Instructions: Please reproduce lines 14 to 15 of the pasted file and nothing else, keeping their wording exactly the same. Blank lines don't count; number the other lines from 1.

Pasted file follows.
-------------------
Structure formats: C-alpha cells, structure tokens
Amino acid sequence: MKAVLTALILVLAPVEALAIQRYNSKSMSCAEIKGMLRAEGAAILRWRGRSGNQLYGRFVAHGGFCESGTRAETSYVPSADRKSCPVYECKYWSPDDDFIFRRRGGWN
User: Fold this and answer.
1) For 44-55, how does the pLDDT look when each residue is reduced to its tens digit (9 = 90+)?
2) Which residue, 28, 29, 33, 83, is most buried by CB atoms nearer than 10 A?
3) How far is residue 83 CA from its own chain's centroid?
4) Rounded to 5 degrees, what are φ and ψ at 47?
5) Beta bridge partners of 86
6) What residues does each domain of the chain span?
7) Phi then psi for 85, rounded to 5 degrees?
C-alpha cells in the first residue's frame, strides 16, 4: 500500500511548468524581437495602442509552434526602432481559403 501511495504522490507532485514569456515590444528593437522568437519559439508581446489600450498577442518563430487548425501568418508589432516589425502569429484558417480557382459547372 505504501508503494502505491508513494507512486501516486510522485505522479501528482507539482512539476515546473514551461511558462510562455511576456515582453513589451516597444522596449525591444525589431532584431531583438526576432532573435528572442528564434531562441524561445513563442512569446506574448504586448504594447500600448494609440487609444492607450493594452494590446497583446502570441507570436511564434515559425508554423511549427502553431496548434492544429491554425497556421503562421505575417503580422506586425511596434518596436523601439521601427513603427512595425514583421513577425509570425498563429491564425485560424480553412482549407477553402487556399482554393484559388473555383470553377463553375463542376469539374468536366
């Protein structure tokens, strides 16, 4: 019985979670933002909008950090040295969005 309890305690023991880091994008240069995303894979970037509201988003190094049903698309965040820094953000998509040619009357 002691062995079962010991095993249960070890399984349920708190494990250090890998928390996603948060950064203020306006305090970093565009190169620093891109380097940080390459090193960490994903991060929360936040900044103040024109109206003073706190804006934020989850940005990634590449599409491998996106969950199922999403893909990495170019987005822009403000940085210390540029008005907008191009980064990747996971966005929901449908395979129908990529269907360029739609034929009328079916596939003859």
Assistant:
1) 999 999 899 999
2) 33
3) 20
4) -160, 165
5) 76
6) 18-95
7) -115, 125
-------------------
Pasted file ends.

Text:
1) 999 999 899 999
2) 33